In 2019 people have been talking nonstop
about AMD’s chiplets and the pros and cons of this modular approach to
building chips. Of course we shouldn’t expect Intel to
stand still and let AMD take all the chiplet glory. I’ve gotten some
information about an Intel CPU codenamed Clarkdale that is also chiplet-based
let’s take a look at it. Here’s Zen 2 on the left and Intel Clarkdale on the right. In
Zen 2, AMD has separated the CPU and cache onto a die or chiplet made
with the latest 7 nm process while all the I/O is on another die made
with a cheaper process. I apologize that the Clarkdale is a little dirty but it’s
the best photo my source could come up with. We can immediately see some
similarities: both have two dies on an organic package and neither one is using
an interpose or EMIB. These photos aren’t exactly to scale so don’t try to
infer too much about the die sizes. The larger die on top is the I/O die with
the memory controller and PCIe and the smaller die on the bottom holds the
cores and the cache. In both processors the CPU die is made on a newer more
efficient fab process while the I/O die is made using an older process that is
cheaper. This is because I/O doesn’t benefit as much from the higher
transistor performance of newer fab processes. The two dies are connected by
an on-package coherent interconnect AMD calls this Infinity Fabric and Intel’s
is QPI. One thing chiplet design really makes obvious here is that the cores
take up less than half of the space of a modern CPU. There are some differences in
approach between Intel and AMD. AMD left room for a second CPU chiplet so they
can scale from 4 up to 16 cores in the same package. Intel decided to have just
one CPU die here although they clearly have room for two but they integrate
a GPU into their I/O die. These processors aren’t targeting exactly the
same market because Matisse is for the upper mainstream market using discrete
graphics while Clarkdale is for a lower end market that might want integrated
graphics. Now let’s look at some more detailed
specs of these chips. I want to caution you that specs can change before
something is released. Clarkdale is clearly a low-end product using the
tried-and-true 32 and 45 nm processes and we can see Intel has only
put 2 cores with 4 MB of cache while AMD has 8 cores per chiplet with pretty
massive cache. Now this low-end theme continues with I/O where Intel is using
pretty old DDR3 and PCIe 2.0. Not surprisingly, AMD’s 8 core has a higher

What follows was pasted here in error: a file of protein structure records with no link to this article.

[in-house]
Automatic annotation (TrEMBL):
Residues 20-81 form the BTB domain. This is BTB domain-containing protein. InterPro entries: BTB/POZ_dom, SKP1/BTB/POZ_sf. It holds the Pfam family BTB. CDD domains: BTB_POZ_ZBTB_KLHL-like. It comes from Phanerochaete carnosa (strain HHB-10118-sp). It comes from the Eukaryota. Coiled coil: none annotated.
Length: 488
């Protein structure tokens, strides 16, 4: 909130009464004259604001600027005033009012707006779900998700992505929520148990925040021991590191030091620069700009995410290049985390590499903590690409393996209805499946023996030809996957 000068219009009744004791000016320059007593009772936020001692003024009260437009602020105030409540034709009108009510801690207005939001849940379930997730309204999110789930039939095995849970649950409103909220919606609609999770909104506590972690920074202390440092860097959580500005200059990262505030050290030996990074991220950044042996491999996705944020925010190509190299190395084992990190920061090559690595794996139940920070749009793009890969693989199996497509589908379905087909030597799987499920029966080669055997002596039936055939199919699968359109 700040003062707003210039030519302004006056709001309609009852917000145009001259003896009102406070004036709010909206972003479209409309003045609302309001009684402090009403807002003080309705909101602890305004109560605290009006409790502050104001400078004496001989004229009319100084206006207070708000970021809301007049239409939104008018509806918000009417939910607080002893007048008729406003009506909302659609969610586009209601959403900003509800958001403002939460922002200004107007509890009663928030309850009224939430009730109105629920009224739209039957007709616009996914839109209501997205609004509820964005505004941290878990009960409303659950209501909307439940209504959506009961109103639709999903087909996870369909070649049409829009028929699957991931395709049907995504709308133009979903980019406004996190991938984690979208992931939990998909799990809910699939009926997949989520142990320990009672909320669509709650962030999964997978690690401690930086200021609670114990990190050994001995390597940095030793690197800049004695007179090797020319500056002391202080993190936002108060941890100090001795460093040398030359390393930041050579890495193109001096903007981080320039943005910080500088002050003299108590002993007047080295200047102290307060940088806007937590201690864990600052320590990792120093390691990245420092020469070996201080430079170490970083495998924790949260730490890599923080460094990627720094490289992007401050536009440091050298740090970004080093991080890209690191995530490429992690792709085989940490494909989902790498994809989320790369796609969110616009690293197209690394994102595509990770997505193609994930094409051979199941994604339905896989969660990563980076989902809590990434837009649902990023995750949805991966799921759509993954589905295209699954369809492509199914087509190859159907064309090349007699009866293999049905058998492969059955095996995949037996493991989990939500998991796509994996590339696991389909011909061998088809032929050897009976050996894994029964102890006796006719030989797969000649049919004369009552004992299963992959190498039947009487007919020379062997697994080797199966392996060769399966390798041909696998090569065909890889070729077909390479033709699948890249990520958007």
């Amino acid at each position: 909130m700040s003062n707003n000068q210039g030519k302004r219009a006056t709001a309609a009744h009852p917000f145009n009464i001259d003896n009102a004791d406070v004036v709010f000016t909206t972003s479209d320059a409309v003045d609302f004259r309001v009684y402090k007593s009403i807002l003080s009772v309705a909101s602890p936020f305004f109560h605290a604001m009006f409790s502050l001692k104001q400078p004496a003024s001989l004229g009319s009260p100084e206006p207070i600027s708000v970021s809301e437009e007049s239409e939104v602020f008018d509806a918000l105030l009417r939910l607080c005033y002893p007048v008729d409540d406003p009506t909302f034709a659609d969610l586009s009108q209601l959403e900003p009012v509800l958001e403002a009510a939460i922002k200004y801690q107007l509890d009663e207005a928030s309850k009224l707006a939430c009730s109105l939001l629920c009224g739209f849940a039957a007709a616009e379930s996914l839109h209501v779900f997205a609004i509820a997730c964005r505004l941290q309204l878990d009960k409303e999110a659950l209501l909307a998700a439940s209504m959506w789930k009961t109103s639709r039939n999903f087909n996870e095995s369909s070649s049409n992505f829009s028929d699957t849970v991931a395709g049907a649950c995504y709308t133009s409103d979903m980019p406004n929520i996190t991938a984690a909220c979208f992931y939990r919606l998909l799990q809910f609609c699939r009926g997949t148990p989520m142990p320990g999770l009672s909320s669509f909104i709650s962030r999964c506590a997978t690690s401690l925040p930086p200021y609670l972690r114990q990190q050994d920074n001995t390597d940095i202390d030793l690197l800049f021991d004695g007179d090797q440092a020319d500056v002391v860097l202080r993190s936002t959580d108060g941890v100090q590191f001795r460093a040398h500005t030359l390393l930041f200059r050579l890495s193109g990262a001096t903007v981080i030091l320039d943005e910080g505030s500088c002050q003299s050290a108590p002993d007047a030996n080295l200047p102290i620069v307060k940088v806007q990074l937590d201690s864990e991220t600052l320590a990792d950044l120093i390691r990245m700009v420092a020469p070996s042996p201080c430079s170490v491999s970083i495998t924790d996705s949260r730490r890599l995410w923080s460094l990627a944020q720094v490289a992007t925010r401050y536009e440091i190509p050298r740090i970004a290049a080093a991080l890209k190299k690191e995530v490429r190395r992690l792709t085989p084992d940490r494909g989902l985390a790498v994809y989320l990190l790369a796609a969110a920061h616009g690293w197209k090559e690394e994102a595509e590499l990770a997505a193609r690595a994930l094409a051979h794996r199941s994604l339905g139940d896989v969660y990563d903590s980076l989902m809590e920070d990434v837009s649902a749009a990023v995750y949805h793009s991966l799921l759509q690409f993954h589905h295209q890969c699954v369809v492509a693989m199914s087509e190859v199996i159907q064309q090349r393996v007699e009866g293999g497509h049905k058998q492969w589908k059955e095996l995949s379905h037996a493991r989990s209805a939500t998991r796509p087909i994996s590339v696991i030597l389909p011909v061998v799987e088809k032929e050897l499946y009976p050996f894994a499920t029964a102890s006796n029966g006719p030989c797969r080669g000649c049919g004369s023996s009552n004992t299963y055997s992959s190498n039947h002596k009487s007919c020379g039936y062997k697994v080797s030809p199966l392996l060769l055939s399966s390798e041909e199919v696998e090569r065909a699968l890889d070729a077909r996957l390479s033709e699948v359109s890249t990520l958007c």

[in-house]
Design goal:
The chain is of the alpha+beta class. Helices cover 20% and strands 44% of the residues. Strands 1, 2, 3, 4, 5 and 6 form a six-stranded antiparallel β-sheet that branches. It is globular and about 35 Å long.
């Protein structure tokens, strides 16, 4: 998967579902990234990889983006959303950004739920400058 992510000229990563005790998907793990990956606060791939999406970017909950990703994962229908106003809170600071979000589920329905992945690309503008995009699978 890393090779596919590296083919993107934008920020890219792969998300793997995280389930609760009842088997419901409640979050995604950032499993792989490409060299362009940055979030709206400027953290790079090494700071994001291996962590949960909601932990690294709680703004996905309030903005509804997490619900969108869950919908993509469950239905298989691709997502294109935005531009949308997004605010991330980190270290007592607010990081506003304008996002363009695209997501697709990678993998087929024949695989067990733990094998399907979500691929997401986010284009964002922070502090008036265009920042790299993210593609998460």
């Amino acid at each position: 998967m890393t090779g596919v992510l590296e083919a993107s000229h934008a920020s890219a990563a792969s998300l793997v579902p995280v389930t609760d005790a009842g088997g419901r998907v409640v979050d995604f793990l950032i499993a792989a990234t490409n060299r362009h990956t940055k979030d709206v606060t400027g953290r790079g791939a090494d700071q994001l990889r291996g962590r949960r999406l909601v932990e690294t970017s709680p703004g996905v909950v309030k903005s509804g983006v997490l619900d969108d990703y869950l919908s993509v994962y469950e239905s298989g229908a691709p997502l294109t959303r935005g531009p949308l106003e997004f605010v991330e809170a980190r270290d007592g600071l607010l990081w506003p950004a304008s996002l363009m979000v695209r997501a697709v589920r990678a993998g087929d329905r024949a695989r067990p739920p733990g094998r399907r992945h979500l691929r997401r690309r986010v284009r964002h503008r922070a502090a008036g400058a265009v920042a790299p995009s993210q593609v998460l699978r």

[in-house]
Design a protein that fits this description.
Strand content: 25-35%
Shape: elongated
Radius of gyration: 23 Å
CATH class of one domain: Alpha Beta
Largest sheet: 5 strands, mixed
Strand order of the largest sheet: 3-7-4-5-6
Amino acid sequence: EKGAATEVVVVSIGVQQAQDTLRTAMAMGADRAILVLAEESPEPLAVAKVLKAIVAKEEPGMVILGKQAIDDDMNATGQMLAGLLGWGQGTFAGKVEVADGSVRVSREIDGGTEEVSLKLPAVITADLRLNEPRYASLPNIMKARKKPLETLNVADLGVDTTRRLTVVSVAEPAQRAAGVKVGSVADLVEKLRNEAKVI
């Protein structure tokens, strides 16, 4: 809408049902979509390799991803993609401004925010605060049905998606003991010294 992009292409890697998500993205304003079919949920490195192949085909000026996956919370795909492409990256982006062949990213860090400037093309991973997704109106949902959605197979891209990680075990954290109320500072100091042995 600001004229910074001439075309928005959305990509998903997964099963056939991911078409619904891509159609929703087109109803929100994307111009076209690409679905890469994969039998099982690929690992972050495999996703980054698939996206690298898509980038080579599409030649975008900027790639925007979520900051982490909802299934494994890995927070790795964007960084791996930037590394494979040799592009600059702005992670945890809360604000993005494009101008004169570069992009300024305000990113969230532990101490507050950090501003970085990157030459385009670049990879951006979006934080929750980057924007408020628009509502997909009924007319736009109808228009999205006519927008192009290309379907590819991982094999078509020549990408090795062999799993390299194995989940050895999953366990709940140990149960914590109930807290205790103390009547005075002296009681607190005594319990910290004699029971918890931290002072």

TDP than a dual core although 87 watts is pretty high for only two cores. You’ve
probably seen that AMD released Ryzen 3000 a few months ago and Intel is
planning to release Clarkdale in… wait 2010? This can’t be right. Did Intel copy
chiplet technology and send it back in time almost 10 years? At this point you
may realized I’m just trolling you… or am I? What is the difference between chiplets and multi chip modules that have existed for decades? Is an I/O die just
another name for a northbridge? Does the history of PC hardware repeat in cycles
of integration and decomposition? Is time a flat circle? You decide. And by the way
my source for this video it’s not a leak from somebody in Taiwan; it’s memory. In
the PC industry does anyone remember or care
about anything that happened more than a few years ago? Do we have so little to learn
from 2010 that it’s pointless to even bring it up? I don’t know, maybe not. Next
time I swear I’ll have some more serious analysis. Sadly I don’t have any
interesting information about Intel’s real chiplet CPU Rocket Lake, at least
not yet. Come back later and we can talk about Ice Lake, the Zen 2 die, some
thoughts about Zen 3, we might even take detours to the cloud and low Earth orbit
until then I guess you can troll me, I mean continue the conversation on Twitter @wmf.

Intel’s First Chiplet CPU Revealed
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8 thoughts on “Intel’s First Chiplet CPU Revealed

  • October 11, 2019 at 2:22 am
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    What a meme lord.

    Reply
  • October 21, 2019 at 2:05 pm
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    Look at this absolute champion.

    Reply
  • October 21, 2019 at 4:21 pm
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    Nice patent infringement

    Reply
  • October 21, 2019 at 5:24 pm
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    Scale and modularity. that is the difference. It's been boring thinking with "new" chiplets but that will change very very soon. High end GPUs and CPUs are comming in the very near future in a chiplet style package. Server first of course.

    Reply
  • October 21, 2019 at 6:12 pm
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    Hmmm…

    Reply
  • October 21, 2019 at 8:44 pm
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    oi IBM Power4 cpu's want their chiplet design back (2001)

    Reply
  • October 28, 2019 at 11:50 am
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    Opened my old low end laptop to repaste cpu and found a chiplel CPU.
    Got bamboozled for sure.

    Reply
  • October 29, 2019 at 9:35 pm
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    Chiplets actually go back even further than this, the Pentium D for example.

    Or the QX9300 which are two X9100 cores dies on a single substrate. Or the Core 2 Quad!

    Reply

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